More than 50 years ago that I decided that the best therapy for me to practice is W.W. – Whatever Works!
After graduate school (1963) I discovered that, although I had studied many ‘schools’ of therapy (Freud, Perls, Ellis, Satir, Skinner, Maslow, Adler, Moreno, EST, encounter groups, Psychodrama, sensitivity training, therapeutic community, and more) I could not reproduce results the way their founders could. Specializing in just one type of therapy did not work for me.
I was most effective at counseling and psychotherapy when my own personality came through a blend of methods that I could tailor to meet the needs of each individual. My practice became eclectic and pragmatic, and thanks to my own therapy with Dr. Lee Spade (of blessed memory), I was encouraged to incorporate a generous portion of strategic humor.
Inspired in 1984 by Dr. Joel Goodman, my fascination with the potential for therapeutic humor led me to develop tools such as the “Humor History” and “Humor Assignments” that led clients to better understandings of their families, their personalities, and bolstered self-esteem and the self-confidence to keep their funny sides up. They learned novel tools for re-framing difficulties in their lives, for finding emotional balance and, often, they found that they could function better by using the creative expression of their lighter side.
From Dr. William Glasser I learned the importance to healing of the personal relationship. From Dr. Gerald Jampolsky I learned what love had to do with it. From neuroscientists I learned what our brains have to do with it. From Dr. Joel Goodman I learned what humor had to do with mental health.
Many years later (1998) my practice of W.W. therapy made for an easy transition to laughter therapy.
Fast forward to Act Resilient (2012), in which I see the trend in funny therapies as a parallel development to integrative medicine. A zeitgeist (spirit of the times) is at work here. And it is a good thing, too, because as much as related programs may have proliferated over the past dozen years, ‘funny therapies’, i.e., laughter-humor-play-based therapies, are still in short supply. More of them are needed.
My vision is that there will be at least one qualified laughter therapist is every long-term care facility in North America. To achieve that goal, we would need to train 75,000 individuals. We need to train 3,000-5,000 for hospitals, 100,000 for public schools, and untold thousands more for businesses. And then the rest of the world. I’ve got my work cut out for the 50 years 🙂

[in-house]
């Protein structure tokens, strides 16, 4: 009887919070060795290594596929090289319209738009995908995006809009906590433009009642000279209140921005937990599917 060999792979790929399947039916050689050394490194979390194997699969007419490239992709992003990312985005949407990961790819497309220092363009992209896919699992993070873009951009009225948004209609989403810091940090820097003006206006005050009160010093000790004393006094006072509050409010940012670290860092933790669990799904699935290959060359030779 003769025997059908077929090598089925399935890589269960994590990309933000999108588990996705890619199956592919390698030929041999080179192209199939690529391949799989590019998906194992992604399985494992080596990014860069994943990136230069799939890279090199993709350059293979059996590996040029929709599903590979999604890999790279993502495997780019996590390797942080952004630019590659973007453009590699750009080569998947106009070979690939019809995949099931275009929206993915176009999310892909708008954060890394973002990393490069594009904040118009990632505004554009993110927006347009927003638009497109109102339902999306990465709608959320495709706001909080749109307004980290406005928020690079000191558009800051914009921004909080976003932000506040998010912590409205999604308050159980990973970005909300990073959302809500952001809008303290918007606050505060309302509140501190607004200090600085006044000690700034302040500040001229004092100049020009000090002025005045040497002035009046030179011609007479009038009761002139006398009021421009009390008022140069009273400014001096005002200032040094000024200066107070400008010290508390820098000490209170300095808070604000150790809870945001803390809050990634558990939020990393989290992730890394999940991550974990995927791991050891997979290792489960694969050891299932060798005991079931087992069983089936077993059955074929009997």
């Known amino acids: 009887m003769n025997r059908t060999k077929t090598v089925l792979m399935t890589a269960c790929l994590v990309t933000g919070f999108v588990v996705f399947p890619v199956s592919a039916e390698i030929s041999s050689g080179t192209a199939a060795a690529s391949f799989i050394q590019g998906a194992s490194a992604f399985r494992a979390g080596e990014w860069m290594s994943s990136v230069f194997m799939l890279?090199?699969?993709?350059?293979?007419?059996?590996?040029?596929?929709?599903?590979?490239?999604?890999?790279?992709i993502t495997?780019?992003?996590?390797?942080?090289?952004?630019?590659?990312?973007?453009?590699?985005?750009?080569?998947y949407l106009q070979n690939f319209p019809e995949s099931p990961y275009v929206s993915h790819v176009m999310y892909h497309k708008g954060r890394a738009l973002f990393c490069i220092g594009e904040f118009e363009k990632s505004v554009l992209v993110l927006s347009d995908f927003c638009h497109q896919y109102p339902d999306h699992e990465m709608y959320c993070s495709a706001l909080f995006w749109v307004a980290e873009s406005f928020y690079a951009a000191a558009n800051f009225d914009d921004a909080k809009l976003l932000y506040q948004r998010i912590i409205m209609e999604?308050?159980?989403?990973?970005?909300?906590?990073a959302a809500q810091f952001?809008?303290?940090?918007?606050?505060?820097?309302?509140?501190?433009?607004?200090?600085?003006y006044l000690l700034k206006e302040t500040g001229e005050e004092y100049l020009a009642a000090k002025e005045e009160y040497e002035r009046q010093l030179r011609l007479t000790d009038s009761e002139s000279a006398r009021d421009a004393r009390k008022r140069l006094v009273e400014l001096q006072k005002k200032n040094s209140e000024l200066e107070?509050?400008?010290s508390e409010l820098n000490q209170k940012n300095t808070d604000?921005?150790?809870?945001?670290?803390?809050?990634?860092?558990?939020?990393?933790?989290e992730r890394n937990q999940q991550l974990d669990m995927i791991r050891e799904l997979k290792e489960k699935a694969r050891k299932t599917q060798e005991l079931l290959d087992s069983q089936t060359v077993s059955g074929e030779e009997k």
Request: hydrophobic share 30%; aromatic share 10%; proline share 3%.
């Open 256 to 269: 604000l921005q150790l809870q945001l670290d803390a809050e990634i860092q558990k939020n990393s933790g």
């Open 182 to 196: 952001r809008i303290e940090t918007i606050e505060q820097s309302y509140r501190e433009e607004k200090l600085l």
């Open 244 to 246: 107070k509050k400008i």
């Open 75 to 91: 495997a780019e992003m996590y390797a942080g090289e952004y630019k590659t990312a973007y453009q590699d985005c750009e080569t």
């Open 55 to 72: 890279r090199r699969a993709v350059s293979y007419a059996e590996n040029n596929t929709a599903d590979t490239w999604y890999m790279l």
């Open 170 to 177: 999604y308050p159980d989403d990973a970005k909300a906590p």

Imagine us getting closer and closer to those goals. What a wonderful world it would be! Applied and therapeutic humor and laughter are necessary to health and well-being but they are not sufficient. We added Good-Hearted Living™ long ago. And, we have been adding activities from music, games, art, stand-up, neurobics, guided imagery, and affirmation, to our method right along. In our Advanced Workshops we study the expanded role and applications of a various activities and interventions.
Countless individuals have worked for many years to overcome the resistance to humor-as-therapy, gradually carving out a path to acceptance of programs that come from the rubric of applied and therapeutic humor.
There are too many trailblazing pioneers of funny therapies to mention them all here, but as I type these words, in my mind I hear the roll-call: Adams, Allen, Anderson, Berk, Buxman, Cousins, Crane, DeKoven, Dunkelblau, Fry, Gessell, Goodheart, Goodman, Hegesteth, Klein, McGhee, Metcalf, Moody, Passanisi, Provine, Robinson, Ruch, Seligman, Stephenson, Stewart, Weinstein, Wilde, Wooten… and many, many others from whom we have been able to draw and integrate a multidisciplinary menu of activities, theories, philosophy, and methods. As you read this, dozens of people around the world are working for the same cause. Many of them are doing their work quietly and out of the spotlight. I am searching for them. I will bring them to you.